Mussolini, too, hated Freemasons and during his dictatorship many were executed. On a more moderate level, the belief that no one is promoted in the police unless he is a Freemason is frequently held by non-masonic officers who would be unsuitable for promotion anyway. Unable to accept their own failings, they all too easily subscribe to the conspiracy theory and latch on to Freemasonry as a convenient scapegoat. On the other hand, the belief that Freemasonry often exerts an improper influence is also held by many police officers who are Freemasons - because there is no doubt at all that many Freemasons have been promoted by other Freemasons for no other reason than that they are members of the same secret Brotherhood. The blanket denial that this happens, or that it can happen, issued by the United Grand Lodge, is untruthful. The significance of David Thomas's words was that they came from a man of unimpeachable integrity and of high standing in the police and the community. Here was no hot-headed PC, freshly rejected for promotion, flinging wild allegations round the 'nick' canteen, but a successful senior officer in retirement making a reasoned statement and calling for a Royal Commission to investigate a situation he regarded as sinister and dangerous.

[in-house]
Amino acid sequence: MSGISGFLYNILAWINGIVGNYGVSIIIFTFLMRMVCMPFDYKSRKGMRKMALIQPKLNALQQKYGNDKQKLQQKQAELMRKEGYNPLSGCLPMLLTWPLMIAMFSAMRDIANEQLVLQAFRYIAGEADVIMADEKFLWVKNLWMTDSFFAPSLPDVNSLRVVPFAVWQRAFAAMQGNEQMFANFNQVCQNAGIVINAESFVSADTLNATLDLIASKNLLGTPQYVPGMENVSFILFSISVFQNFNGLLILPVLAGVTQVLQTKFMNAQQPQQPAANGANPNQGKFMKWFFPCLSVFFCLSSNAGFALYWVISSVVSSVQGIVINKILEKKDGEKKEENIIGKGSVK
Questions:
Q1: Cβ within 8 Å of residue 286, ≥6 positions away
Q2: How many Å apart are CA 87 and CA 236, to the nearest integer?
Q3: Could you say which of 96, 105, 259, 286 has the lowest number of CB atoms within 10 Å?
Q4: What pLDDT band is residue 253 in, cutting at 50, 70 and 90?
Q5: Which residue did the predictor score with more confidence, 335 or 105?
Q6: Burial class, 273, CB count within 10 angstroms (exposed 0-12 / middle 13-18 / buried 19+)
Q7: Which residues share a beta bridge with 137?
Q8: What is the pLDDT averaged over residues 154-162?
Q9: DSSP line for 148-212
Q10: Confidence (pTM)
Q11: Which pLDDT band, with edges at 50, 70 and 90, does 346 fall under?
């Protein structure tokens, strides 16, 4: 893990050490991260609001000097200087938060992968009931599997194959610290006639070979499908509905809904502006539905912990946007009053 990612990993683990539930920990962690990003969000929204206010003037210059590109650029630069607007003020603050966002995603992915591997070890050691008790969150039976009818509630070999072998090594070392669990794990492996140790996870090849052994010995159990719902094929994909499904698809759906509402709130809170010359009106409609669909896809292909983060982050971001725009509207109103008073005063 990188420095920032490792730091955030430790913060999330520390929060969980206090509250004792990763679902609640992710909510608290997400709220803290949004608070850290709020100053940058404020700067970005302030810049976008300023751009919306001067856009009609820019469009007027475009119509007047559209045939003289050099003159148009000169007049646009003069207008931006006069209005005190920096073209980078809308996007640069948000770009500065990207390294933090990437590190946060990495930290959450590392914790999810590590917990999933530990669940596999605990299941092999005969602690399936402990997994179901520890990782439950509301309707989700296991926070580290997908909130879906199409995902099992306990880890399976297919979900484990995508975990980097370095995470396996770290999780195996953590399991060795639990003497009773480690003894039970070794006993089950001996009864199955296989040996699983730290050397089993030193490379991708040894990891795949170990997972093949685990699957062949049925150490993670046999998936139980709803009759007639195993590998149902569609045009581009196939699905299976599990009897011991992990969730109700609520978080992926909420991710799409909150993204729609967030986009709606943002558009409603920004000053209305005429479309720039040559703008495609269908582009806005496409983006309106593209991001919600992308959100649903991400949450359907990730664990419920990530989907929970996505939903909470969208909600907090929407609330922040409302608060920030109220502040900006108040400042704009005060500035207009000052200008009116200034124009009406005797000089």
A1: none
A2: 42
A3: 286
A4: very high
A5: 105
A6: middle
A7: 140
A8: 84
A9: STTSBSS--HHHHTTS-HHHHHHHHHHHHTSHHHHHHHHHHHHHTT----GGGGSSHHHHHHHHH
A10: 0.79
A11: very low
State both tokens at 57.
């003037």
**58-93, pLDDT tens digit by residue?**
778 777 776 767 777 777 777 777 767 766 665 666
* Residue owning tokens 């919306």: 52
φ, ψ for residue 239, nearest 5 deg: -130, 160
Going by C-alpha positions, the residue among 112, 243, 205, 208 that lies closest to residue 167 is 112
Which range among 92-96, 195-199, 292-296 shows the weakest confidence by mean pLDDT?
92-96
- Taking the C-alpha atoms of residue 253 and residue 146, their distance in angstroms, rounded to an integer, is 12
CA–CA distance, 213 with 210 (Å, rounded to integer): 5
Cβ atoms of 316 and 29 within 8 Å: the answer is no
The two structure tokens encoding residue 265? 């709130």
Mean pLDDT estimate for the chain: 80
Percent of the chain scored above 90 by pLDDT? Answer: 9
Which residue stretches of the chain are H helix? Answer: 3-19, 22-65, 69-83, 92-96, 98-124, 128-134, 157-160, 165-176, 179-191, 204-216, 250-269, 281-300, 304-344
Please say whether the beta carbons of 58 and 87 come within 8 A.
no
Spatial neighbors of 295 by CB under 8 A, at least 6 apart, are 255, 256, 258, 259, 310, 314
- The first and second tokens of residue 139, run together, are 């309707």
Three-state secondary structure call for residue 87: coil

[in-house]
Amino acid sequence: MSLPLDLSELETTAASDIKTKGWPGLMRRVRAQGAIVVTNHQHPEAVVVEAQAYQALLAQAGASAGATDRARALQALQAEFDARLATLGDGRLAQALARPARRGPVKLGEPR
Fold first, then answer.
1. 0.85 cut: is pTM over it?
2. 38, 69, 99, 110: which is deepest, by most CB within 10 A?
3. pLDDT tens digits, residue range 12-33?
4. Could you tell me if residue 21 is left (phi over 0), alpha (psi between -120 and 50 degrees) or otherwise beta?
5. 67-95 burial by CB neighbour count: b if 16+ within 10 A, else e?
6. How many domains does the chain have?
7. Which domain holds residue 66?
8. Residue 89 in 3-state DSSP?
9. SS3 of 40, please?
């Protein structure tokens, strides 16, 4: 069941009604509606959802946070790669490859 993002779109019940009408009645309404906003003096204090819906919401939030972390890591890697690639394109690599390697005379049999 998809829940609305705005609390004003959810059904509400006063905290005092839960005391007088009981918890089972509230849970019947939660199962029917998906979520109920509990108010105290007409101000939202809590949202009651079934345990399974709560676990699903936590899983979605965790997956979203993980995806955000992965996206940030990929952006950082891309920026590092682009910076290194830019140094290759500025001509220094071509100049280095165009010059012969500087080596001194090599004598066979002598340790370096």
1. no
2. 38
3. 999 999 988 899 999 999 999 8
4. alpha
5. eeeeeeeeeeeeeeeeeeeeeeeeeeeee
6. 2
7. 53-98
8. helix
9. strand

During my thirty-two years' police service I saw a great deal of this secret society in action, not only in my own force but also in the many others I visited as honorary secretary of the detective conferences of No 8 Police District, which comprises the whole of Wales, Monmouthshire and Herefordshire. Sometimes my visits took me to other areas, but wherever I went the story was the same. 'Are you on the Square?' or 'Are you on the Level?' are all naive enquiries as to whether or not one is a Mason. Thomas thought that of the total number of policemen in 1969, probably only a small percentage were Freemasons. 'But that small percentage forms an important and all-powerful group, the majority of whom are senior officers of the rank of Inspector, or above. Their influence on the service is incalculable.' He assured readers that Masonry often did affect promotion, and that many sergeants and PCs became Masons for this reason. In this way, the system became self-perpetuating. Without implying that Masons will ensure the promotion of their brethren in the service, Thomas was certain that when two men of equal ability came before a promotion board, the dice would be loaded in favour of Masons because of the masonic composition of many boards.